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It is critically important to include self-advocates (i.e., PWD committed to disability advocacy) in training to ensure issues important to advocates are being addressed, to provide interdisciplinary training to advocates, and to offer post-secondary educational options to advocate leaders. In this session, LEND programs will share strategies for recruiting, supporting and educating PWD and describe the process of aligning a LEND curriculum with universal design for learning (UDL) for optimal outcomes.

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Employment First, WIOA, & Entrepeneurship: Ways Disability Employment Works
David Hoff, M.S.W., Project Director
^|Leanne Giordono, MPA, Corvallis, OR;
Kate Caldwell, PhD, Chicago, IL, IL - Institute on Disability & Human Development, UCEDD/LEND
People with disabilities want and deserve employment that is satisfying, respectful, and equally-paid. In this presentation, hear about (1) the new transition opportunities and restructions on the use of sub-minimum wage under the Workforce Innovation and Opportunity Act (WIOA); (2) a systematic exploration of state-level Employment First policy design using the Institutional Grammar Tool developed by Crawford and Ostrom (1995); and (3) the intersection of entrepreneurship and disability policy, particularly looking at how individuals are navigating service systems.

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Improving Health Access for People with Disabilities
Melissa Pennise, MPH, , Strong Center for Developmental Disabilities, UCEDD/LEND
Laura VanPuymbrouck &Jerret Wolske, Chicago, IL, United States, IL - Institute on Disability & Human Development, UCEDD/LEND;
Sharon Lamp &Susan Magasi, Chicago, IL, IL - Institute on Disability & Human Development, UCEDD/LEND;
Erica Coleman, MS, Cincinnati, OH, United States, OH - University of Cincinnati UCE, UCEDD/LEND;
Julie Christensen, Iowa City, IA, United States, IA - Center for Disabilities and Development, UCEDD/LEND;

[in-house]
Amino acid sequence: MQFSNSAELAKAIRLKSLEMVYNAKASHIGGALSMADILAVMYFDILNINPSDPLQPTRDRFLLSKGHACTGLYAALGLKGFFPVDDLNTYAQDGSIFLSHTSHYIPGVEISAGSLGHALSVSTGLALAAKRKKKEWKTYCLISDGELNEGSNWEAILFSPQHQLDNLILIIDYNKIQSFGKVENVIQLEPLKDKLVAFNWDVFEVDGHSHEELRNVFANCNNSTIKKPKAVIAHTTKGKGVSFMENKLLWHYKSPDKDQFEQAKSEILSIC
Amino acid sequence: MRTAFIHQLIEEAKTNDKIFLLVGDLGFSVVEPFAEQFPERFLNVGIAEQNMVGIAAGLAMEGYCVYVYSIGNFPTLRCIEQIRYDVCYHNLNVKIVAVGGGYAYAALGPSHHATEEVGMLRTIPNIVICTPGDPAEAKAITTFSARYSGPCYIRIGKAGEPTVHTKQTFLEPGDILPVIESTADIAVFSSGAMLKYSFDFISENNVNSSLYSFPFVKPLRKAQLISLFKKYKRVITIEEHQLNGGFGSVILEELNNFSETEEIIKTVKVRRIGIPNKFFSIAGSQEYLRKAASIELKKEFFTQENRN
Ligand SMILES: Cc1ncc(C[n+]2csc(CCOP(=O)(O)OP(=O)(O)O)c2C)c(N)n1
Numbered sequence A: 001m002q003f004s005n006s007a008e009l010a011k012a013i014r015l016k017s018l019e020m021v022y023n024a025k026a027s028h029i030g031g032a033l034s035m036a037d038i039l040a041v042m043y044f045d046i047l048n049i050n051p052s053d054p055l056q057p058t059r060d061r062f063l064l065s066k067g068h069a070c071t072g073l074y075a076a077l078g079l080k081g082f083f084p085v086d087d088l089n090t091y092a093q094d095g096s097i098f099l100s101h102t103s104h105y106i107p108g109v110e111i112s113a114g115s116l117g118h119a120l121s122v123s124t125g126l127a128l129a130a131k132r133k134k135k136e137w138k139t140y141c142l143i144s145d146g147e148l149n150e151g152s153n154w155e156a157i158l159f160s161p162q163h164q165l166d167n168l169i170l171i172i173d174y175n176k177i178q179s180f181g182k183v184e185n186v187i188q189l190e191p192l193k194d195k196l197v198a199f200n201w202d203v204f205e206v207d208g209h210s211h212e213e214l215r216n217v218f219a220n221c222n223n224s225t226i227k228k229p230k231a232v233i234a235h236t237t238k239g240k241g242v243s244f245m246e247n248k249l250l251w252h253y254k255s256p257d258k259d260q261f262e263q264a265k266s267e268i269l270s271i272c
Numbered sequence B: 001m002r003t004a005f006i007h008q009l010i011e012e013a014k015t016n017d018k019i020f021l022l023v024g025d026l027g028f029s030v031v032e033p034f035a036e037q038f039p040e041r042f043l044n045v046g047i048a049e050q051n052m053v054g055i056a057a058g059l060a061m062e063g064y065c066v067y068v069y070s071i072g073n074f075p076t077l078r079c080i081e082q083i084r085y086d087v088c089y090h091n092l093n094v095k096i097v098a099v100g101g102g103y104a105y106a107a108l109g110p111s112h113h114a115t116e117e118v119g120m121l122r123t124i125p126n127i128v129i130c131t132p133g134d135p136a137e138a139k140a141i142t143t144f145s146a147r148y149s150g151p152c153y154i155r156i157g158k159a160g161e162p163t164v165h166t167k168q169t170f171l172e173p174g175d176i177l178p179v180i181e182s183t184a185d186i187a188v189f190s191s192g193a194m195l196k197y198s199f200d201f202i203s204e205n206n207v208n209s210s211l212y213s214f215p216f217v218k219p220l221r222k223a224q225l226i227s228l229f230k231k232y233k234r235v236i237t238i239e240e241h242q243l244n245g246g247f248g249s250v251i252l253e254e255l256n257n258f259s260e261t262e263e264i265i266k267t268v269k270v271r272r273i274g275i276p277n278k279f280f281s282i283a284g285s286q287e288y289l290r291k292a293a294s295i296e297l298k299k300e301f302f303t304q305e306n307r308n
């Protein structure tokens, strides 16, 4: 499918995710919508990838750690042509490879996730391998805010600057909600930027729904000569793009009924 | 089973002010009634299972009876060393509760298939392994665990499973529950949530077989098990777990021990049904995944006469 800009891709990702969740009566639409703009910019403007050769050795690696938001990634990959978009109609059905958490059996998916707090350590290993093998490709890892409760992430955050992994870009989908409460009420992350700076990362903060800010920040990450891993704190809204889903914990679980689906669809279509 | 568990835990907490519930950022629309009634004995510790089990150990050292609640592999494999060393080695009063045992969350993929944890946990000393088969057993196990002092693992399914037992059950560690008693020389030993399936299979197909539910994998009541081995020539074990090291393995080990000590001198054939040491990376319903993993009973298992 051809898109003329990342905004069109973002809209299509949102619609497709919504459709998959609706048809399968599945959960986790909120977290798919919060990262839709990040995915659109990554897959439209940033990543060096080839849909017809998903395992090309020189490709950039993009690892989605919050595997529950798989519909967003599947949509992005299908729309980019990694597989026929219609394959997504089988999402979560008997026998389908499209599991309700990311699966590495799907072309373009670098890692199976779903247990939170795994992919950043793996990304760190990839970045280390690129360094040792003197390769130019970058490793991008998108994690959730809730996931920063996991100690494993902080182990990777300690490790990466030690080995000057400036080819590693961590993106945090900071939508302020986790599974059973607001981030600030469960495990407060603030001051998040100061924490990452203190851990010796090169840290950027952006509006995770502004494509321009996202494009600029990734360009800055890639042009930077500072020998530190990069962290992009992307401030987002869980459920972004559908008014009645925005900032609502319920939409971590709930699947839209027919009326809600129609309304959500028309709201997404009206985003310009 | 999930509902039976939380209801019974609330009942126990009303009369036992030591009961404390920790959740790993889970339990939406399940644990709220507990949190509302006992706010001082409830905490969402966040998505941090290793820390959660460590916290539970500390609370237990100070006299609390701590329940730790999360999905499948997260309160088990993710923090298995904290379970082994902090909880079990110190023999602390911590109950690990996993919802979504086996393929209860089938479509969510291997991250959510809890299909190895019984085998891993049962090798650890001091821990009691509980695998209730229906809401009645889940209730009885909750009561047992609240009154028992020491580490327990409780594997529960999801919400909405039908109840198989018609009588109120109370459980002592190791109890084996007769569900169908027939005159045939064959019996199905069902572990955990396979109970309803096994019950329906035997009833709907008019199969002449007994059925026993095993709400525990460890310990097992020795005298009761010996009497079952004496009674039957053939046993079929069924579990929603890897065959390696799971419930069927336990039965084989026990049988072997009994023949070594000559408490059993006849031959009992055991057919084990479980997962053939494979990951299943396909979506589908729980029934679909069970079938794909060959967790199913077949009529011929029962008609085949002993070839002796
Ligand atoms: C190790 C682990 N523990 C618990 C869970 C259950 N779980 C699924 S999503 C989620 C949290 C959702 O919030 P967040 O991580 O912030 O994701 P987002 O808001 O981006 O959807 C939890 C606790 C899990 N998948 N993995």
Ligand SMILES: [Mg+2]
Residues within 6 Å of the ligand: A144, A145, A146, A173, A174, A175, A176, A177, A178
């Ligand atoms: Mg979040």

Significant barriers exist accessing quality health services for people with disabilities, placing them at risk for disparities in health outcomes. This session describes two efforts to remediate these barriers: a novel peer-provider intervention that promotes capacity of people with newly acquired physical disabilities to navigate barriers to healthcare access, and a collaboration of health and employment programs at two UCEDDs to deliver and evaluate an existing 12-week health curriculum.


How Data Improves Quality: Using the National Core Indicators
Celia Feinstein, MA, Executive Director, Institute on Disabilities, UCEDD
^|Dorothy Hiersteiner, MPP, Human Services Research Institute, Cambridge, MA
Data analysis is core to the evaluation of an issue or intervention, and the National Core Indicators provides a wealth of data to examine. This presentation shares the results of two such analyses: results from the 2015 National Core Indicators Staff Stability Survey, designed to assist states to collect data on the DSP workforce such as turnover, wages and benefits, and results of looking at over 90,000 individuals with intellectual disabilities and 30,000 families in the areas of employment and life sharing.